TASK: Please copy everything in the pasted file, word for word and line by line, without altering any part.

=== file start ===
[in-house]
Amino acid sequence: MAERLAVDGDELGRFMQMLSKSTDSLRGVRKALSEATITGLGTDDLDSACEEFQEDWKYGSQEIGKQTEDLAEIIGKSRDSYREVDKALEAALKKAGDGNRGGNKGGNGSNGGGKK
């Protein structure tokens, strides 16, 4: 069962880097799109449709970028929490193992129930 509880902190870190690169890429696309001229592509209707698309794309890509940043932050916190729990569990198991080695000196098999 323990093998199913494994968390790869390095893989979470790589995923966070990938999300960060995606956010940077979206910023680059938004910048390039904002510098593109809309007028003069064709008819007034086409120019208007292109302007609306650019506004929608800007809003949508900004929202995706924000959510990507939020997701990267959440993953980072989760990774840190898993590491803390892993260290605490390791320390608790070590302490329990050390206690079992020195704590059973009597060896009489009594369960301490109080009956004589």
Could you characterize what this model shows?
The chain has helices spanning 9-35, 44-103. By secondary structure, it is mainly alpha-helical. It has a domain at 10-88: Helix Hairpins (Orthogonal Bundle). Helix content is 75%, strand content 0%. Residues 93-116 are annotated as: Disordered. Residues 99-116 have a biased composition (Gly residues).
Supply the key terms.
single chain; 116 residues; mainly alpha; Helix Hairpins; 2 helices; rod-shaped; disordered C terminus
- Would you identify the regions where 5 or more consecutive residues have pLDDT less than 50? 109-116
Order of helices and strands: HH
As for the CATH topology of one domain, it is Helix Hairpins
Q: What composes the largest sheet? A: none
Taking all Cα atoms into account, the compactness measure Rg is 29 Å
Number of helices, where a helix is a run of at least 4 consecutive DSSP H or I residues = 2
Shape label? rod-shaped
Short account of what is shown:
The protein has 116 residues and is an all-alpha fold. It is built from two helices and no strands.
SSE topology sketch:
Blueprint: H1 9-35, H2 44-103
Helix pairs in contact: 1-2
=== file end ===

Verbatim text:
[in-house]
Amino acid sequence: MAERLAVDGDELGRFMQMLSKSTDSLRGVRKALSEATITGLGTDDLDSACEEFQEDWKYGSQEIGKQTEDLAEIIGKSRDSYREVDKALEAALKKAGDGNRGGNKGGNGSNGGGKK
């Protein structure tokens, strides 16, 4: 069962880097799109449709970028929490193992129930 509880902190870190690169890429696309001229592509209707698309794309890509940043932050916190729990569990198991080695000196098999 323990093998199913494994968390790869390095893989979470790589995923966070990938999300960060995606956010940077979206910023680059938004910048390039904002510098593109809309007028003069064709008819007034086409120019208007292109302007609306650019506004929608800007809003949508900004929202995706924000959510990507939020997701990267959440993953980072989760990774840190898993590491803390892993260290605490390791320390608790070590302490329990050390206690079992020195704590059973009597060896009489009594369960301490109080009956004589």
Could you characterize what this model shows?
The chain has helices spanning 9-35, 44-103. By secondary structure, it is mainly alpha-helical. It has a domain at 10-88: Helix Hairpins (Orthogonal Bundle). Helix content is 75%, strand content 0%. Residues 93-116 are annotated as: Disordered. Residues 99-116 have a biased composition (Gly residues).
Supply the key terms.
single chain; 116 residues; mainly alpha; Helix Hairpins; 2 helices; rod-shaped; disordered C terminus
- Would you identify the regions where 5 or more consecutive residues have pLDDT less than 50? 109-116
Order of helices and strands: HH
As for the CATH topology of one domain, it is Helix Hairpins
Q: What composes the largest sheet? A: none
Taking all Cα atoms into account, the compactness measure Rg is 29 Å
Number of helices, where a helix is a run of at least 4 consecutive DSSP H or I residues = 2
Shape label? rod-shaped
Short account of what is shown:
The protein has 116 residues and is an all-alpha fold. It is built from two helices and no strands.
SSE topology sketch:
Blueprint: H1 9-35, H2 44-103
Helix pairs in contact: 1-2